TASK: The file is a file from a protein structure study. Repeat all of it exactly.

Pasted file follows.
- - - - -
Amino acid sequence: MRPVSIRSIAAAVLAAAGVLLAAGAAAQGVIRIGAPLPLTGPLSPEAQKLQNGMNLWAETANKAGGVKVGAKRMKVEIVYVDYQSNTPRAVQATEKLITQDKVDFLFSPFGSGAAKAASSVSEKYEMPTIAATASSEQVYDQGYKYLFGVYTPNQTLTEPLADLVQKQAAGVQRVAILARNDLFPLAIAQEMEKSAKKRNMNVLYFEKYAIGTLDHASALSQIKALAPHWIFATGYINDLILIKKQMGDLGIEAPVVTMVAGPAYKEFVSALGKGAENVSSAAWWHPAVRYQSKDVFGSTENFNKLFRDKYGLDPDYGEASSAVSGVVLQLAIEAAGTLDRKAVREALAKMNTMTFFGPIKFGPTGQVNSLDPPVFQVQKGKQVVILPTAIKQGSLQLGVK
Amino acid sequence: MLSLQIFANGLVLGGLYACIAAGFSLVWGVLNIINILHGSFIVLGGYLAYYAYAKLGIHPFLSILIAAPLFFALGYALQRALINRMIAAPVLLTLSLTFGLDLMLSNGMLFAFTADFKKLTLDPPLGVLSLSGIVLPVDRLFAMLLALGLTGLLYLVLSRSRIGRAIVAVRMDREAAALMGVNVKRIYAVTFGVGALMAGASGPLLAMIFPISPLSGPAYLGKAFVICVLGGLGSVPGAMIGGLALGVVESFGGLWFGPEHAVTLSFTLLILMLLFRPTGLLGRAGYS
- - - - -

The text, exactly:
Amino acid sequence: MRPVSIRSIAAAVLAAAGVLLAAGAAAQGVIRIGAPLPLTGPLSPEAQKLQNGMNLWAETANKAGGVKVGAKRMKVEIVYVDYQSNTPRAVQATEKLITQDKVDFLFSPFGSGAAKAASSVSEKYEMPTIAATASSEQVYDQGYKYLFGVYTPNQTLTEPLADLVQKQAAGVQRVAILARNDLFPLAIAQEMEKSAKKRNMNVLYFEKYAIGTLDHASALSQIKALAPHWIFATGYINDLILIKKQMGDLGIEAPVVTMVAGPAYKEFVSALGKGAENVSSAAWWHPAVRYQSKDVFGSTENFNKLFRDKYGLDPDYGEASSAVSGVVLQLAIEAAGTLDRKAVREALAKMNTMTFFGPIKFGPTGQVNSLDPPVFQVQKGKQVVILPTAIKQGSLQLGVK
Amino acid sequence: MLSLQIFANGLVLGGLYACIAAGFSLVWGVLNIINILHGSFIVLGGYLAYYAYAKLGIHPFLSILIAAPLFFALGYALQRALINRMIAAPVLLTLSLTFGLDLMLSNGMLFAFTADFKKLTLDPPLGVLSLSGIVLPVDRLFAMLLALGLTGLLYLVLSRSRIGRAIVAVRMDREAAALMGVNVKRIYAVTFGVGALMAGASGPLLAMIFPISPLSGPAYLGKAFVICVLGGLGSVPGAMIGGLALGVVESFGGLWFGPEHAVTLSFTLLILMLLFRPTGLLGRAGYS